Oct. 25, 1998
Choose Something Like a Star
Today's Reading: "Choose Something Like a Star" by Robert Frost from THE ROAD NOT TAKEN, published by Holt, Rinehart and Winston, Inc.
It's ST. CRISPIN's DAY, named for a pair of 3rd-century Italian brothers, Crispin and Crispinian, who left their home in Rome to become missionaries in France. The legend goes that they preached during the day and at night made shoes, which they sold for a small fee to the poor. They were martyred in 287 and are the patron saints of shoemakers.
It's novelist and short-story writer ANNE TYLER's birthday, 1941, Minneapolis, author of The Accidental Tourist (1985), Breathing Lessons, which won the 1988 Pulitzer Prize, and A Patchwork Planet, that came out in May this year. She grew up in North Carolina and got her first job after school in the library of Duke University. She settled in Baltimore in the late 1960s and began writing full time.
It's poet JOHN BERRYMAN's birthday, born John Smith in 1914, McAlester, Oklahoma, winner of the 1965 Pulitzer Prize for his collection 77 Dream Songs, and the 1969 National Book Award for another collection called His Toy, His Dream, His Rest. After getting his degree, he taught at Harvard, Princeton, then the University of Minnesota from 1955 until his death in 1972.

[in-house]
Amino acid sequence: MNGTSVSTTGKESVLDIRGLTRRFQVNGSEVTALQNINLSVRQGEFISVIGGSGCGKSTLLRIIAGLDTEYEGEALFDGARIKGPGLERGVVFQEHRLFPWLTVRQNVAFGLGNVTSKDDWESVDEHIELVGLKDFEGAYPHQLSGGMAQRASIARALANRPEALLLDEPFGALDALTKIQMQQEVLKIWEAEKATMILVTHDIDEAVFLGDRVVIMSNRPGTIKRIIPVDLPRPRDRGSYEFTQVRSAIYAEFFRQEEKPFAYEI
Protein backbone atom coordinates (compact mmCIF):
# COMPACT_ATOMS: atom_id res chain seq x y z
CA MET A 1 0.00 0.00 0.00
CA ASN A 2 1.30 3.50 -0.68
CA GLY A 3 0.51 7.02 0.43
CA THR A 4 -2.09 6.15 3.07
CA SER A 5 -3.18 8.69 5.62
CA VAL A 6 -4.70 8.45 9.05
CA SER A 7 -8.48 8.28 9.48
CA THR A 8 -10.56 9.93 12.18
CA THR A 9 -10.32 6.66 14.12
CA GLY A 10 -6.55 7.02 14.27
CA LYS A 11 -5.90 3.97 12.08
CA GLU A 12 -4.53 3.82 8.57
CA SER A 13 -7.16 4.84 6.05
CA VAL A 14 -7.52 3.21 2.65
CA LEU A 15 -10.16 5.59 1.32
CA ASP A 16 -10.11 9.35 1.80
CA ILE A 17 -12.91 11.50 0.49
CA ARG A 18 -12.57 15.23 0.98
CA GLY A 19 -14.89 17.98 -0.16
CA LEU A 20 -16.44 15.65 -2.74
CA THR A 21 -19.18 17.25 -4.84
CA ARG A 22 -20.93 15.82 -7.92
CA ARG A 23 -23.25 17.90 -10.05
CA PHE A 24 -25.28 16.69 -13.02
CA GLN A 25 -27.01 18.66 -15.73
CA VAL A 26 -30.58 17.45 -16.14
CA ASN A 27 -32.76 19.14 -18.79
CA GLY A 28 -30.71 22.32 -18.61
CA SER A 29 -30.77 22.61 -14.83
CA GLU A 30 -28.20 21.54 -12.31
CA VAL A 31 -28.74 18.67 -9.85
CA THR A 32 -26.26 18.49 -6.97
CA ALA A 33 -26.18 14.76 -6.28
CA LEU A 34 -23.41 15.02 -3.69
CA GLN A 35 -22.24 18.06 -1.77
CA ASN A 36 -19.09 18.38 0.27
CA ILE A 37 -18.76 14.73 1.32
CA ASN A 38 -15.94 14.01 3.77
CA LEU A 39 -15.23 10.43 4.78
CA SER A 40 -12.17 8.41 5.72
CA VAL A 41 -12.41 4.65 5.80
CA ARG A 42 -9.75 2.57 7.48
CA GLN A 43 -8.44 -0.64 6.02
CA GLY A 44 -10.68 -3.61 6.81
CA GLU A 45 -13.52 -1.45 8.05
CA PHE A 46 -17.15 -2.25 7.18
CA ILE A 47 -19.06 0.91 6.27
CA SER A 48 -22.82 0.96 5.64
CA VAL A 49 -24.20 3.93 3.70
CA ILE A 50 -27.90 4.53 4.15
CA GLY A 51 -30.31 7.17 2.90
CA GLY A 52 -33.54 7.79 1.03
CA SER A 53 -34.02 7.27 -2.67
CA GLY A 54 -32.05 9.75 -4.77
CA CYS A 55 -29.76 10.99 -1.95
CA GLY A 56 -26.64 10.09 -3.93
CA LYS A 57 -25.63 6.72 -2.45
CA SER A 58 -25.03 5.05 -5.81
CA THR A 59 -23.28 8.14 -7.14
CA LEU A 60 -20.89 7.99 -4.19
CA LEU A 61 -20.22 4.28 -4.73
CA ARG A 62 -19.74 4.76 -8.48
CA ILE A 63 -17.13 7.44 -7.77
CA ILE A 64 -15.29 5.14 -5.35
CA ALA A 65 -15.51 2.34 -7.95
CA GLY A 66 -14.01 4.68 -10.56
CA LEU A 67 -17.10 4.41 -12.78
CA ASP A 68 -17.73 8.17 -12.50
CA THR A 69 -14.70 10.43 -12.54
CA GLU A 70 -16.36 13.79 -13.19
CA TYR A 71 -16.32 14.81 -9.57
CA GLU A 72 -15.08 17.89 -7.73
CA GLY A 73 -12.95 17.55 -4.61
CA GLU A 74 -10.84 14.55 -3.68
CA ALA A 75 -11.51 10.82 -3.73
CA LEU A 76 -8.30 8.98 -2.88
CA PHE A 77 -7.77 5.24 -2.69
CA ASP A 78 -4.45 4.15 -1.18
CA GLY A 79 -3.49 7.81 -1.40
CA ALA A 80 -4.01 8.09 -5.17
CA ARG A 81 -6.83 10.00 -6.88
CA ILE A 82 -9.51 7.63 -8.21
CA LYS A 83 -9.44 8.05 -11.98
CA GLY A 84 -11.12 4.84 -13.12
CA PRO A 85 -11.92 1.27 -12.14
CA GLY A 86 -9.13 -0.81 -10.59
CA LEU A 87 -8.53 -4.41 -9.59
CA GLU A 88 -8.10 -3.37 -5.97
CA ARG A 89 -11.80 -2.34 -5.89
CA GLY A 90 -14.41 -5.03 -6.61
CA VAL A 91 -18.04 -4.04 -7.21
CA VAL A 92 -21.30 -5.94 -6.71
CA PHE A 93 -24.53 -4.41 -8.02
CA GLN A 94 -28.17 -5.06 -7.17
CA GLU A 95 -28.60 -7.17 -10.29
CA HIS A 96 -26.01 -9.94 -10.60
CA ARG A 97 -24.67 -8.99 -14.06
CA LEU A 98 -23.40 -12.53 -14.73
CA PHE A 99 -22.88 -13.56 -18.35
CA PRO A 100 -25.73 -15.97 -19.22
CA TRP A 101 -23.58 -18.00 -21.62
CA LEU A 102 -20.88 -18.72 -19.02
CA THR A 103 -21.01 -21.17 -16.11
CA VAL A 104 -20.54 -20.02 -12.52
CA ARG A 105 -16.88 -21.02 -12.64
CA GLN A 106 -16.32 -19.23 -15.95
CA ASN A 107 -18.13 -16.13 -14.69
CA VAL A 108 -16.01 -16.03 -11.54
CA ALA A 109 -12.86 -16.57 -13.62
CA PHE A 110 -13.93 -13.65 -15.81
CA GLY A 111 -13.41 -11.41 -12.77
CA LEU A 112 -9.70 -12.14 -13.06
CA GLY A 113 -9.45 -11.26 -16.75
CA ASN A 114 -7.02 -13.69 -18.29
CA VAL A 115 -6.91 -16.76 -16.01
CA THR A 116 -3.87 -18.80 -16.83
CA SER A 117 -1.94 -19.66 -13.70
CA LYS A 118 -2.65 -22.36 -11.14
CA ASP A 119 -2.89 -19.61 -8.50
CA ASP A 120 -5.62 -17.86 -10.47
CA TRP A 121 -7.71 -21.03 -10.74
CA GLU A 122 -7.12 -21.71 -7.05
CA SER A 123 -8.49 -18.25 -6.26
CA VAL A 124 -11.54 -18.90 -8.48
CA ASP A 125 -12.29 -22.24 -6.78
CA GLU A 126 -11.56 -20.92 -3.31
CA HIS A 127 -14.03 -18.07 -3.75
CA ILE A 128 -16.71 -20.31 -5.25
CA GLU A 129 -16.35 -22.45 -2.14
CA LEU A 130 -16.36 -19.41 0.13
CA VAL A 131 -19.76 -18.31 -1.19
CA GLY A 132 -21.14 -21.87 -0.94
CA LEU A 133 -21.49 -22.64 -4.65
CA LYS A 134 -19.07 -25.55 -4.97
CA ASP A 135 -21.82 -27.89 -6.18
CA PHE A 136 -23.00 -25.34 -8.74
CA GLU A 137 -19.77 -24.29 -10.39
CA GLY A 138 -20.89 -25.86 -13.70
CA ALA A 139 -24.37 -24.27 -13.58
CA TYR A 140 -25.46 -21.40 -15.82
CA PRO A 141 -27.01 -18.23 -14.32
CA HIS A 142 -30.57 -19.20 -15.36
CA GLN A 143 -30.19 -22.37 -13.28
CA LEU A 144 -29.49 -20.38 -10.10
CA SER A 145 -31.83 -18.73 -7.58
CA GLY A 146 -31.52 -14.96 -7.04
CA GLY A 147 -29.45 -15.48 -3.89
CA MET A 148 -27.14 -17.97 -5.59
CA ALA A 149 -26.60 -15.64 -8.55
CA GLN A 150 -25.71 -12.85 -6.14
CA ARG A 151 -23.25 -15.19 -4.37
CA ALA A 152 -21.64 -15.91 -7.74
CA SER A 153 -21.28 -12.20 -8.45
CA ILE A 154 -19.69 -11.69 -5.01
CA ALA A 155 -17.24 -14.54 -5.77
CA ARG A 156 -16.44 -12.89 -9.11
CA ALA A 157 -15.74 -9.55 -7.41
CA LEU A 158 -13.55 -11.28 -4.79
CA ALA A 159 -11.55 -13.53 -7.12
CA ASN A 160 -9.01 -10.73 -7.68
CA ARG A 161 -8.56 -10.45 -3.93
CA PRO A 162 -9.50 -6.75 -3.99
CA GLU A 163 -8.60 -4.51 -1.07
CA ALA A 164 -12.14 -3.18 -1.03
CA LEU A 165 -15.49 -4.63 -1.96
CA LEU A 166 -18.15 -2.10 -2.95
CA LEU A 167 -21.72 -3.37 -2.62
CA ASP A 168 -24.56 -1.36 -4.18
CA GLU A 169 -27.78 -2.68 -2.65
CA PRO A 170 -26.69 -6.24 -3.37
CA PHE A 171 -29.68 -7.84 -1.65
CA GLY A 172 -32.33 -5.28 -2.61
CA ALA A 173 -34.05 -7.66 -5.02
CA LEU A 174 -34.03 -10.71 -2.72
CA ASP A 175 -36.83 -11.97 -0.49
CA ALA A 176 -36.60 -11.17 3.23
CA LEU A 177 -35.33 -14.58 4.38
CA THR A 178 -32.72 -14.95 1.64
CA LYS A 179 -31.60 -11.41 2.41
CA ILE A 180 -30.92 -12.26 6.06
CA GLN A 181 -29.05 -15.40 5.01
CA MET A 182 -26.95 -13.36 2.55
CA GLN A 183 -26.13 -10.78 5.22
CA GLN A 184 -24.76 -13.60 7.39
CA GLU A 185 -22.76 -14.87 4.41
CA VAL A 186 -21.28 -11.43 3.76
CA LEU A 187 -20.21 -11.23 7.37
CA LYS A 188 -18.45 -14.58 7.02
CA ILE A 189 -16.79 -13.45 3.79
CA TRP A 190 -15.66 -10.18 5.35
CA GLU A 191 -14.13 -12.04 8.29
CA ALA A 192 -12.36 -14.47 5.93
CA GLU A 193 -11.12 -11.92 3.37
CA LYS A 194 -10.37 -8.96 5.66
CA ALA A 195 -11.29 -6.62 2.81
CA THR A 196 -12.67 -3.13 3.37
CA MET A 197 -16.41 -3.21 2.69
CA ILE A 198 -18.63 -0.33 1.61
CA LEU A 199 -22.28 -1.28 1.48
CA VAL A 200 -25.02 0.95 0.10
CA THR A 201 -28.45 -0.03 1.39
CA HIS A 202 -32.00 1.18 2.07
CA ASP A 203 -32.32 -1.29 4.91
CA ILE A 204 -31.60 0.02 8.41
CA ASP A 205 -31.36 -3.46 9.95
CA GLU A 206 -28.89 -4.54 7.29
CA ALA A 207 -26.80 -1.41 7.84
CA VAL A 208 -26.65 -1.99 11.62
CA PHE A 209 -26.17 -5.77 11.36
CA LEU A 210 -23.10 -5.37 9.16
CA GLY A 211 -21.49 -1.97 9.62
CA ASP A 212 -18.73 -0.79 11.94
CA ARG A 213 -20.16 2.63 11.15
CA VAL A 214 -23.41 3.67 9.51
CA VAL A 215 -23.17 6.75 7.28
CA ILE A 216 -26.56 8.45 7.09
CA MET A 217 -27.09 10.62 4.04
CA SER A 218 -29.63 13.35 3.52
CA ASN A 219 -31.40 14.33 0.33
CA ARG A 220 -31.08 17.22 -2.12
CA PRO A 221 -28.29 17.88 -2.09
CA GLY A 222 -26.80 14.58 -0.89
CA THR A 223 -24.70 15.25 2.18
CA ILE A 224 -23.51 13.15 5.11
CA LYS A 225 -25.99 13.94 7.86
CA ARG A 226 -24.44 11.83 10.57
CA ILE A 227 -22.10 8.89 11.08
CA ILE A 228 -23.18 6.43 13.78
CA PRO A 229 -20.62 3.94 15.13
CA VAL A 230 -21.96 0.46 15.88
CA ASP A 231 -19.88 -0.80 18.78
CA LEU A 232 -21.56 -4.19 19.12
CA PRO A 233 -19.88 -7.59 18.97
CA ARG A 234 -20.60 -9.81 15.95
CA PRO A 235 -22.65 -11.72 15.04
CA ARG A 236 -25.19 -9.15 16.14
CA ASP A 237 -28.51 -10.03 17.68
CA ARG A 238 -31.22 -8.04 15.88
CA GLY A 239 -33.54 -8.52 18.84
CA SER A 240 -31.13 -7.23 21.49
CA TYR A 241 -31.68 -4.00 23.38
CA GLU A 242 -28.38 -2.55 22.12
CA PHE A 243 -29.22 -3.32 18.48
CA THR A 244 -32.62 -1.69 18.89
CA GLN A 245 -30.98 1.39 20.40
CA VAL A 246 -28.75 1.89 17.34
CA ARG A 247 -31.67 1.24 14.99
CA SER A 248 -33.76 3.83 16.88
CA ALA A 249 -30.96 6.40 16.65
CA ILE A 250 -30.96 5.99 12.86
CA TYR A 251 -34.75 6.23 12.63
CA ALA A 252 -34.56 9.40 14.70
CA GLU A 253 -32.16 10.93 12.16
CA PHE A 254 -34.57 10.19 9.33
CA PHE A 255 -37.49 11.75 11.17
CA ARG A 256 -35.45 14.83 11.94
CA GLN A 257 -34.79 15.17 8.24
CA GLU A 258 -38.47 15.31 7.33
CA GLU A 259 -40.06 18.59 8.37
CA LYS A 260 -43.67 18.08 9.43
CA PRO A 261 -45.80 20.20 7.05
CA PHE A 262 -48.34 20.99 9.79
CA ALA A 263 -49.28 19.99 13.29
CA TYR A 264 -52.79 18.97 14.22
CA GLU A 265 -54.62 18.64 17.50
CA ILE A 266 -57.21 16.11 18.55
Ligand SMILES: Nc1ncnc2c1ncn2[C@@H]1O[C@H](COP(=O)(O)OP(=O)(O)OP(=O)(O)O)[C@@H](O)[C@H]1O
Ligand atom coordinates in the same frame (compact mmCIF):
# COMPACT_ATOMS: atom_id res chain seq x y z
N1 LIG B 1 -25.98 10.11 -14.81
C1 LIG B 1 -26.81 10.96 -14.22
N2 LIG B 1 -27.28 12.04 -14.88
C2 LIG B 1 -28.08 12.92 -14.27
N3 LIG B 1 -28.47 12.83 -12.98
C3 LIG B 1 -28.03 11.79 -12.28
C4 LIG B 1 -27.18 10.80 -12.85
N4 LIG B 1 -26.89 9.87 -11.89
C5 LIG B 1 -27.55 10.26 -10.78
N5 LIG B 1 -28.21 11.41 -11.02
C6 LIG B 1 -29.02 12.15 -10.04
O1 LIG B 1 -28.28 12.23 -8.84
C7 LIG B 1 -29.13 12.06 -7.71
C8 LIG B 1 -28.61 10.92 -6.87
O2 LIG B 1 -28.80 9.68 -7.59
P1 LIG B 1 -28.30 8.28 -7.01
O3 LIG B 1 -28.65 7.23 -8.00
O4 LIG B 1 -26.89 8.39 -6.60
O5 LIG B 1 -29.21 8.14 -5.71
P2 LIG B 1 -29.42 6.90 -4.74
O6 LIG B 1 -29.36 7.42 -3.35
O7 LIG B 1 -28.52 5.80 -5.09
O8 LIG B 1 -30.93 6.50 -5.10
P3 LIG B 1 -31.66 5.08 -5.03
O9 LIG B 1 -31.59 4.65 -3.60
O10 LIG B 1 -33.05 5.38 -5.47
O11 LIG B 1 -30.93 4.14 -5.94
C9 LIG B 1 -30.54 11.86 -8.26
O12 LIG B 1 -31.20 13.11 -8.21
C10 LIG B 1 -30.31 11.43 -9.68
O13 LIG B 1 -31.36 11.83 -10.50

It's historian and writer HENRY STEEL COMMAGER's birthday, born in Pittsburgh, 1902, author of a standard American history textbook The Growth of the American Republic, which came out in 1930 and has been revised several times.
It was on this day in 1400 that poet GEOFFREY CHAUCER died in London. He was the first poet and one of the first commoners to be buried in Westminster Abbey. At his death he left unfinished the work we know him best by: The Canterbury Tales, the story of about 30 pilgrims gathering at the Tabard Inn across the Thames from London, who agree to a storytelling contest as they travel on horseback to and from the shrine of Thomas á Becket in Canterbury.
Be well, do good work, and keep in touch.®